Buddhism Course Essay
Rev. Kirk Haas
I have sat down many times now trying to write this essay on the Buddhism course by Tricia Stirling. I haven't been able to adequately put to words the influence that this course has had on my way of looking at life. Am I Buddhist, can I follow the Eight Fold Path? I would have to say no. I have been raised in this materialistic world and have become accustomed to my attachments to those things that make up my life, as I now know it to be.
Two aspects of Buddhism that do speak to me are the Six Perfections and the Four Immeasurables. Metta, Karuna, Mudita and Upekkha are to me four qualities that should be a crucial part of everyone's life and not just a Buddhist thing. If all encounters in life were to be approached with these four thought processes in mind, Loving-kindness, Compassion, Sympathetic joy and Equanimity, there would be little conflict and a lot less pain in our lives and the lives of those around us.
The Six Perfections of Generosity, Ethical behavior, Patience, Joyous effort, Concentration and Wisdom again, if practiced in everyone's daily interactions with everyone they encounter would eliminate conflict, anger and greed. Everyone should be concisely applying these 10 actions, regardless of their particular religious practice and belief system.
Am I ready to abandon all attachments? No, I like my home and truck and guitars. I like my children and wife and food and work and, well it goes on. I am learning though that allowing myself to become upset that I am late to work or the show or whatever I haven't achieved, is counter productive to peace in my life. I am learning that it is not the end of the world if I don't achieve something I was trying for or wanted. I am learning that I will not achieve enlightenment in this lifetime and that is all right. I have many lifetimes ahead to work on that.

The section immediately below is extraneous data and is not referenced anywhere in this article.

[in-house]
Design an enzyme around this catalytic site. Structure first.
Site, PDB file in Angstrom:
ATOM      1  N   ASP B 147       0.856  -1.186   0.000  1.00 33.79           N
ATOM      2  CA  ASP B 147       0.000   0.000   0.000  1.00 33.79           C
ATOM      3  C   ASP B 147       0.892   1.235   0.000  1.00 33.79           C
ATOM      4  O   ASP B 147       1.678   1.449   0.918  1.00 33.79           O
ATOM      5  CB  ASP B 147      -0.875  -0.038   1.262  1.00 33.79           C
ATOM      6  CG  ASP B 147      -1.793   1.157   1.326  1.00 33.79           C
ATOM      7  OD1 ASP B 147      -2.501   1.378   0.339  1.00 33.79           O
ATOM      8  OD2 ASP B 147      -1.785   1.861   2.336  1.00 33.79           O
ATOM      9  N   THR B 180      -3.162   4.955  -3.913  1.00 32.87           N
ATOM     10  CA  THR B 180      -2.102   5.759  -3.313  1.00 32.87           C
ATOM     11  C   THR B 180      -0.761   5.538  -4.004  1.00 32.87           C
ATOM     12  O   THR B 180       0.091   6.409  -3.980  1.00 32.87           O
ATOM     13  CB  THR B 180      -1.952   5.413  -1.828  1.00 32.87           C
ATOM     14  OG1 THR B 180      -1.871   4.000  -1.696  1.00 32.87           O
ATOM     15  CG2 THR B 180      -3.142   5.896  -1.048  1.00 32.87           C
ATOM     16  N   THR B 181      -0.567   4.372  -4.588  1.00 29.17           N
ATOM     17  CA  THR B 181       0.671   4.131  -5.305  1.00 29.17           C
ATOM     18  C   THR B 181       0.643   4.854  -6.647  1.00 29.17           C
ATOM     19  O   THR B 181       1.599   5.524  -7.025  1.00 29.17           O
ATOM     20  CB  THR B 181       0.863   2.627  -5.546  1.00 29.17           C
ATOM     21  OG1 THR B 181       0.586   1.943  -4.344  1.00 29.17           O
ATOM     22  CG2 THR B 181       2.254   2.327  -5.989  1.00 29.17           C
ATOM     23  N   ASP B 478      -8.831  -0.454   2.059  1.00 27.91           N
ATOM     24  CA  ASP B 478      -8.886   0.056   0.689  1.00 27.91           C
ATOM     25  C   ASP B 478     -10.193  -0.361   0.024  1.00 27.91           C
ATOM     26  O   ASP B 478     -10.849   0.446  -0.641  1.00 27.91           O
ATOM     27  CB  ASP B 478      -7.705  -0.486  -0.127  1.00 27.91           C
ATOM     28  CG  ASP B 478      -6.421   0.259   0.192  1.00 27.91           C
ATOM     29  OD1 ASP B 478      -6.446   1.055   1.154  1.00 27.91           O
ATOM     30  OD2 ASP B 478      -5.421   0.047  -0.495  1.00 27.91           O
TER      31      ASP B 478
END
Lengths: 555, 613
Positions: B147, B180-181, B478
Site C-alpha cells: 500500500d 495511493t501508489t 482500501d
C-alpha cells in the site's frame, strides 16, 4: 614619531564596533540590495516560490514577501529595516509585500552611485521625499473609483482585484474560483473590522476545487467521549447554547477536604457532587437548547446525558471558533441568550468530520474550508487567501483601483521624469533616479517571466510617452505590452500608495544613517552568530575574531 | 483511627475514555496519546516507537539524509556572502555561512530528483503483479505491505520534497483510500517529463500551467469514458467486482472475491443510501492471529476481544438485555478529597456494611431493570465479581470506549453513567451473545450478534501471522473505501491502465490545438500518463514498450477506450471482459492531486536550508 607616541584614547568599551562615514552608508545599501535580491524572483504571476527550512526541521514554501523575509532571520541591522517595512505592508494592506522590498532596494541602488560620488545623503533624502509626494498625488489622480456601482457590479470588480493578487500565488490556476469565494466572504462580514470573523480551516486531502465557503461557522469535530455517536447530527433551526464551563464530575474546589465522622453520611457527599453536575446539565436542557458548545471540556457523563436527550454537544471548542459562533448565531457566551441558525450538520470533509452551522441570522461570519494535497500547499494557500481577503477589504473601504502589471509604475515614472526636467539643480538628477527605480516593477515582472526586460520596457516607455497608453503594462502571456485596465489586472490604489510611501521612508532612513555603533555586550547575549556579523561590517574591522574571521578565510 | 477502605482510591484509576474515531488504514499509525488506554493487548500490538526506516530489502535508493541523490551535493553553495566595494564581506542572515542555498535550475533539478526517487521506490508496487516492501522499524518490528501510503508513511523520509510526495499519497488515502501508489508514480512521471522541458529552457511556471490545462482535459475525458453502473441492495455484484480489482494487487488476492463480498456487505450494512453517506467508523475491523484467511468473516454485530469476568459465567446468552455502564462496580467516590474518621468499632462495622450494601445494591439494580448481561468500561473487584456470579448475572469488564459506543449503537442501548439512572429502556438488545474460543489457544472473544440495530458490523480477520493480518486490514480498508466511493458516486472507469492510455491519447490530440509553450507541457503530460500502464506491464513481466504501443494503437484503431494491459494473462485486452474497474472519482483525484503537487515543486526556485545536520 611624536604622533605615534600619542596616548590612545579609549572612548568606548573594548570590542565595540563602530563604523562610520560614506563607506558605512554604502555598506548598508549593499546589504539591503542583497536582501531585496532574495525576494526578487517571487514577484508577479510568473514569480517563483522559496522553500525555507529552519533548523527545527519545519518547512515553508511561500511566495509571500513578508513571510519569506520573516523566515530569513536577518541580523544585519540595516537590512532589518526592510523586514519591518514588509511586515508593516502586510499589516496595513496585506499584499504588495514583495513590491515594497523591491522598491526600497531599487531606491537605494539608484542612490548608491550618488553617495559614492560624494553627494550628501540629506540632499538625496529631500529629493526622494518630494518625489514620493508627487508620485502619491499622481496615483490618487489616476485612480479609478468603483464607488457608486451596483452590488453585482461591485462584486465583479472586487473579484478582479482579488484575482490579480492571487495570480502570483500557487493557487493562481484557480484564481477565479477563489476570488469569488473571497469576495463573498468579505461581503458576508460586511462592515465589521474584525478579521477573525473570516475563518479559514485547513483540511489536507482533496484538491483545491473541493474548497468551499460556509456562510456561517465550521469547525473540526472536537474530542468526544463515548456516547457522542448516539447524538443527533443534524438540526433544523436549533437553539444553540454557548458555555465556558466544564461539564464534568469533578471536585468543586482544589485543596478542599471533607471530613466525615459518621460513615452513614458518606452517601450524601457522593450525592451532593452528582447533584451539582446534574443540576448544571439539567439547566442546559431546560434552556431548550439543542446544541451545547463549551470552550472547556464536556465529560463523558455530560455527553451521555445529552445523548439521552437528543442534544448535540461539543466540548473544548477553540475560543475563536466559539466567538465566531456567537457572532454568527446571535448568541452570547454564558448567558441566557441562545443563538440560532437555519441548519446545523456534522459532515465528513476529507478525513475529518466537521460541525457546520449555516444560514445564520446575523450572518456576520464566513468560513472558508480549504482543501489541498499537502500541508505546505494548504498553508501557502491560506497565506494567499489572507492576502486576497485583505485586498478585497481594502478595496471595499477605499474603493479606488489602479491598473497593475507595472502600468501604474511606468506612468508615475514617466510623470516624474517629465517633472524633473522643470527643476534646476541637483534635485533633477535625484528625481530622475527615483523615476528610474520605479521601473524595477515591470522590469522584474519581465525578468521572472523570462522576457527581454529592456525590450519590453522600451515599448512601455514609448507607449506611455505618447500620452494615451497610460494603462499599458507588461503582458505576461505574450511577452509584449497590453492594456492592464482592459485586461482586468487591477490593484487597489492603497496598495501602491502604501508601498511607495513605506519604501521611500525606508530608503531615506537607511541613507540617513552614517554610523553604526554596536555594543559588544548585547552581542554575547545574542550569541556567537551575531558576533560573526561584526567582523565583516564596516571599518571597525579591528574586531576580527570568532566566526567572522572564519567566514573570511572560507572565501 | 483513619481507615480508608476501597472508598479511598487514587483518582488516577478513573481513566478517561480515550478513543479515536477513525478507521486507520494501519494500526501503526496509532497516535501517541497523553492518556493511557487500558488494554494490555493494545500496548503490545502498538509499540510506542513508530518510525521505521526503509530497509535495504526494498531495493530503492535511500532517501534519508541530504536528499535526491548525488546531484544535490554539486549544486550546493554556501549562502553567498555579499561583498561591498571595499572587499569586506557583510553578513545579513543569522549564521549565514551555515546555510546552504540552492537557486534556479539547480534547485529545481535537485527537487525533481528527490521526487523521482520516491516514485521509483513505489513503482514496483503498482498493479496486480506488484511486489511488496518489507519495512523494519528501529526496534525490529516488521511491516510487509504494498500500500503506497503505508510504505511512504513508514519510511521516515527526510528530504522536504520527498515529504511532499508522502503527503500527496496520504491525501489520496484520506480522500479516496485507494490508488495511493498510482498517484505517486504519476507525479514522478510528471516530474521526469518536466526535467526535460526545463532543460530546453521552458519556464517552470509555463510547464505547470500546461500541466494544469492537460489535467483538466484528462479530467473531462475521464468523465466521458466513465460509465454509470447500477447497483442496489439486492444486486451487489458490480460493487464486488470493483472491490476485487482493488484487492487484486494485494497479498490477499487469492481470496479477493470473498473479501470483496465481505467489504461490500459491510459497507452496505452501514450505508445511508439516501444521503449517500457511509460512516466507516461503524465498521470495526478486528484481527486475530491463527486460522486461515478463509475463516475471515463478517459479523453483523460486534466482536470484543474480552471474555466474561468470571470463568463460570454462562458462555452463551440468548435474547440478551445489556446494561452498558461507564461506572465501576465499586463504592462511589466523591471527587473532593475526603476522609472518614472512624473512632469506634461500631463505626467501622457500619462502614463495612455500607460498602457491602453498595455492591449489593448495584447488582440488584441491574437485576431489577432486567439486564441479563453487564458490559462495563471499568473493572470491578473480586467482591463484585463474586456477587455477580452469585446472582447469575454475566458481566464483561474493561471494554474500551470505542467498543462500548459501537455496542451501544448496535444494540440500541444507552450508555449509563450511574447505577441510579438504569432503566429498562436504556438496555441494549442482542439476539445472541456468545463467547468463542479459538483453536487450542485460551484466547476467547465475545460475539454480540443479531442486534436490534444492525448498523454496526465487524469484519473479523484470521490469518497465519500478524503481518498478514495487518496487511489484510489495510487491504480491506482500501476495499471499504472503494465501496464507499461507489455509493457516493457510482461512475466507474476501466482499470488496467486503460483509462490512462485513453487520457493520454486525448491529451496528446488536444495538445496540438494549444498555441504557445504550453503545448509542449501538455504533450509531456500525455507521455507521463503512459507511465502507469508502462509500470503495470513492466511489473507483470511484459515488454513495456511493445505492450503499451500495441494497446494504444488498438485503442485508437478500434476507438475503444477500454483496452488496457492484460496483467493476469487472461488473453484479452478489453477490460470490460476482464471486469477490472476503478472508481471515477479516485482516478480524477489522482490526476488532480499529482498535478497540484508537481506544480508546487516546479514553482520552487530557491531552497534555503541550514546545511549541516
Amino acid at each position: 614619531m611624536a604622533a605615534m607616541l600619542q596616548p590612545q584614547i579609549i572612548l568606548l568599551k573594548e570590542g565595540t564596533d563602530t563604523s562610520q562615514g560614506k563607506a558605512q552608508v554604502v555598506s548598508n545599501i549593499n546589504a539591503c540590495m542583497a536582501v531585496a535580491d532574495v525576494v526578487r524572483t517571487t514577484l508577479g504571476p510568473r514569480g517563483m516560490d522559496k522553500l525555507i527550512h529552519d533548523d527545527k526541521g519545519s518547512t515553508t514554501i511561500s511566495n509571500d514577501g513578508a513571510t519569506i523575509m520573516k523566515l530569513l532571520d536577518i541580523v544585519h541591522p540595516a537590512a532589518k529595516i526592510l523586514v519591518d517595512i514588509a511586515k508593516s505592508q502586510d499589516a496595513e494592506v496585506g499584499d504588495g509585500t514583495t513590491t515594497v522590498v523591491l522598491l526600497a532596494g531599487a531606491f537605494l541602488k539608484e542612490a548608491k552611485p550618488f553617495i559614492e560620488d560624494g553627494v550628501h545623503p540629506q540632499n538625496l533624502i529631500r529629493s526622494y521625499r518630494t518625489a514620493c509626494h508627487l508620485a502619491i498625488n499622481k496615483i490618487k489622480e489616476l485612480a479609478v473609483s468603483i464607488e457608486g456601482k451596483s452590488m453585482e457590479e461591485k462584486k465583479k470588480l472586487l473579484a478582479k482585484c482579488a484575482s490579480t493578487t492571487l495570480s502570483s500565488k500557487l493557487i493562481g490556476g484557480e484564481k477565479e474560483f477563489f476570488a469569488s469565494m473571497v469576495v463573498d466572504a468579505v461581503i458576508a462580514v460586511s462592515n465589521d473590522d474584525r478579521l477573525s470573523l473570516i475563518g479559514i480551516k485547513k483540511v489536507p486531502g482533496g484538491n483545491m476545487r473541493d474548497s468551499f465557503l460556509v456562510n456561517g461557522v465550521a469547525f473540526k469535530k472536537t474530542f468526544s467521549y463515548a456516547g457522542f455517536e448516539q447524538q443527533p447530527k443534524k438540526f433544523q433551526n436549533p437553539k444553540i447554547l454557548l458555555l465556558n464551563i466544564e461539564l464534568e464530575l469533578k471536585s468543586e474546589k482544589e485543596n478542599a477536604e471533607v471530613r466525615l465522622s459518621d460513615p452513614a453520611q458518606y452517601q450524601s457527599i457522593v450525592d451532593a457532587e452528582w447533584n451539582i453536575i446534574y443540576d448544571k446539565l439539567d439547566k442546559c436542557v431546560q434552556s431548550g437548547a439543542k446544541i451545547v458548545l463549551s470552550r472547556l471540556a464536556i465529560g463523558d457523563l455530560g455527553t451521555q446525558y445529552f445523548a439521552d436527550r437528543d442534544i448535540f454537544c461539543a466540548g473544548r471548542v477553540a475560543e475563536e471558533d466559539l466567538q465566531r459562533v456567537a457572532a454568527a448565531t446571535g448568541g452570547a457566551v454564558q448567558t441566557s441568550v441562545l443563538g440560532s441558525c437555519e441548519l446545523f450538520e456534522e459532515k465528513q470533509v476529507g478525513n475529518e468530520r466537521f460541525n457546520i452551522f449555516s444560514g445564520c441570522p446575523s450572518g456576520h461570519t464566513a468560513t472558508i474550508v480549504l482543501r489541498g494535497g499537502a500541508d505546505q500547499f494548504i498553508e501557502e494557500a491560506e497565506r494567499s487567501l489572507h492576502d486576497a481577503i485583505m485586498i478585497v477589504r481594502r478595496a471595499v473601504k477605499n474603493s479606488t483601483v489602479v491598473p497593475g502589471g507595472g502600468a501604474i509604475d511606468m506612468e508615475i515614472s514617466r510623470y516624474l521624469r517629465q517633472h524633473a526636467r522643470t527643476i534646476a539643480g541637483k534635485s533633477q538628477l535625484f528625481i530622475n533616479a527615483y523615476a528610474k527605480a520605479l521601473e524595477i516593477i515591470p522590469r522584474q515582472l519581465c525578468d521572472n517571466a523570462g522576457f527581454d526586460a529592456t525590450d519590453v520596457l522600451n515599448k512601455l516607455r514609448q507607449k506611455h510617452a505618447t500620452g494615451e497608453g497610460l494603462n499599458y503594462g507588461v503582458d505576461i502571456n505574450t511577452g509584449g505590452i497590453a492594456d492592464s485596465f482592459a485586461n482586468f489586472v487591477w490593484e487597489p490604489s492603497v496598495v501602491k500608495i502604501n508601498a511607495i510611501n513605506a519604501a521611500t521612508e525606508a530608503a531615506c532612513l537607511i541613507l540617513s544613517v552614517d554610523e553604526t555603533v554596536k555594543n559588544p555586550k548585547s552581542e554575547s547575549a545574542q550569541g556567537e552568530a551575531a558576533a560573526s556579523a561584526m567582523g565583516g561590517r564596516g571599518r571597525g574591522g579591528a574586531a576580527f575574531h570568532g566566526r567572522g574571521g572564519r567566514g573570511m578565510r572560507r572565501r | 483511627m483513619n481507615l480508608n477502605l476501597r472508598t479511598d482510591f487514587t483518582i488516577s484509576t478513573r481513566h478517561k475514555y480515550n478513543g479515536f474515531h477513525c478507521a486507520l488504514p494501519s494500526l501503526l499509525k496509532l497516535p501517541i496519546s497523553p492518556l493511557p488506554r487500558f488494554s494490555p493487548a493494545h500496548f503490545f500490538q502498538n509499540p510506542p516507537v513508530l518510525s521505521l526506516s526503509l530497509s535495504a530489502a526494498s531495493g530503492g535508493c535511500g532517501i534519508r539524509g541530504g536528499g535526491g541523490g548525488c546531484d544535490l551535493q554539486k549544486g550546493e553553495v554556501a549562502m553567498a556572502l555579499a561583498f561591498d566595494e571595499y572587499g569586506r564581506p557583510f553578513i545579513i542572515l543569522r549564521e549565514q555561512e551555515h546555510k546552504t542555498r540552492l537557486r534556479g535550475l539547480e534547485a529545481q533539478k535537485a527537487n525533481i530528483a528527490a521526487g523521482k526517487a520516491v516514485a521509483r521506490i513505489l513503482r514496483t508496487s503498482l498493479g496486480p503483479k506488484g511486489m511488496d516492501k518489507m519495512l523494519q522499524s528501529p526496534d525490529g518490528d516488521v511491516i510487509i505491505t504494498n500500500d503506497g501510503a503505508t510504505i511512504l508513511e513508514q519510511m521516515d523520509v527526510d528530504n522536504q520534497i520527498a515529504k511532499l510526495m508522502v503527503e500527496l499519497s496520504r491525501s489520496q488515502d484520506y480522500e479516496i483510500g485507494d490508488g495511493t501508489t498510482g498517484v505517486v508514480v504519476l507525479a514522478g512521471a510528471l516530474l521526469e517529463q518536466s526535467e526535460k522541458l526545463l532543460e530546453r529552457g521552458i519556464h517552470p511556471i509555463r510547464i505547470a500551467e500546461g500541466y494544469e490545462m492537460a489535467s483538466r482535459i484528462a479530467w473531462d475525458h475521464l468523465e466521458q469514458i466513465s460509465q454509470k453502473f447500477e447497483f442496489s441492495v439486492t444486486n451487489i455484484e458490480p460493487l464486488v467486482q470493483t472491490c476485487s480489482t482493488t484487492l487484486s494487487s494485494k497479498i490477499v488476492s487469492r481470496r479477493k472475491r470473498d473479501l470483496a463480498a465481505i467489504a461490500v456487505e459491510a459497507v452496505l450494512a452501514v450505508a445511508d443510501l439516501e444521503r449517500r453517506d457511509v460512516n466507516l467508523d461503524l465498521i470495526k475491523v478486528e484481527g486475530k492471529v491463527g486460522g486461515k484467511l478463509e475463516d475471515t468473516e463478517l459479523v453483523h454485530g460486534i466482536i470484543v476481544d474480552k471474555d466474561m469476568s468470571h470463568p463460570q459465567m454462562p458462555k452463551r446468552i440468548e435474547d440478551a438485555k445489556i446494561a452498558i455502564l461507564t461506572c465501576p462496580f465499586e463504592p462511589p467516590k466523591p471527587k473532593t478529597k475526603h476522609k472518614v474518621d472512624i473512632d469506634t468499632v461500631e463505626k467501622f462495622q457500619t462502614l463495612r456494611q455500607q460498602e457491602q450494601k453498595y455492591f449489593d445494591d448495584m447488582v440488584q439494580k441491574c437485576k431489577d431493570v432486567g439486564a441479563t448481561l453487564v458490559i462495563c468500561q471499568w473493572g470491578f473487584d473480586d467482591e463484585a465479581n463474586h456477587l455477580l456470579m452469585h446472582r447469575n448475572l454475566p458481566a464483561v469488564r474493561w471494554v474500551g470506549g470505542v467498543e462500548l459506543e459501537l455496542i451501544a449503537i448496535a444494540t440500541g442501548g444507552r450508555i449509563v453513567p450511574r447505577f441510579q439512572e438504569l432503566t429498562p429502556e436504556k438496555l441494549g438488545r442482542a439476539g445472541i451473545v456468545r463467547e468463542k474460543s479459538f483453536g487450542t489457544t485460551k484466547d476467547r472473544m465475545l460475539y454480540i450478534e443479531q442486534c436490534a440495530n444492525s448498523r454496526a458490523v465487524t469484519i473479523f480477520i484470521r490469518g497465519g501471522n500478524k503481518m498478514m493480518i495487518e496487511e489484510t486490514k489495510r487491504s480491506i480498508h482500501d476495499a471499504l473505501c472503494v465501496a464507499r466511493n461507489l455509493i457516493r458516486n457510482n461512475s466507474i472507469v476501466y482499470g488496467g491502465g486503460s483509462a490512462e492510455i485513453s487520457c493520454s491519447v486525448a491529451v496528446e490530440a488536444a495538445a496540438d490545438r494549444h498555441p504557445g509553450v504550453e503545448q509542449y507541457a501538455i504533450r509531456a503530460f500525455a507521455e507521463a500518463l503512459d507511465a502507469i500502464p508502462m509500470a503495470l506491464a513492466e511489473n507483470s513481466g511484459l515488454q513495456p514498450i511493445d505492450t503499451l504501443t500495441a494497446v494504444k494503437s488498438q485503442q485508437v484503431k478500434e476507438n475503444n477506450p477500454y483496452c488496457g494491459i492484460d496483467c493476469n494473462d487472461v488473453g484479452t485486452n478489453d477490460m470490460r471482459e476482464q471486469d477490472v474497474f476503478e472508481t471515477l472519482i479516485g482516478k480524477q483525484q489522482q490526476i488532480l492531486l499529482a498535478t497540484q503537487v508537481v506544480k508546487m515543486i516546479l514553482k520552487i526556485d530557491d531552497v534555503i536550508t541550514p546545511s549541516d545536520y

I am on a path of enlightenment. Taking this course is one step on that journey. If I can share some of the knowledge that I am gaining in this lifetime with those that I encounter in this lifetime my journey will continue in a positive way. I believe that is where I am right now. Do I have a Buddha in me? Yes and he is guiding me along my journey, steering me in positive directions. I accept that the shortest path to enlightenment is not the best path. I want to enjoy the learning and the sharing and I am enjoying it. Maybe achieving is not the answer. Maybe traveling is.
Thank you Ms. Stirling. I recommend this course to anyone who is mildly interested. It will open up your mind to a different way of approaching your journey through this lifetime.
Rev. Kirk Haas
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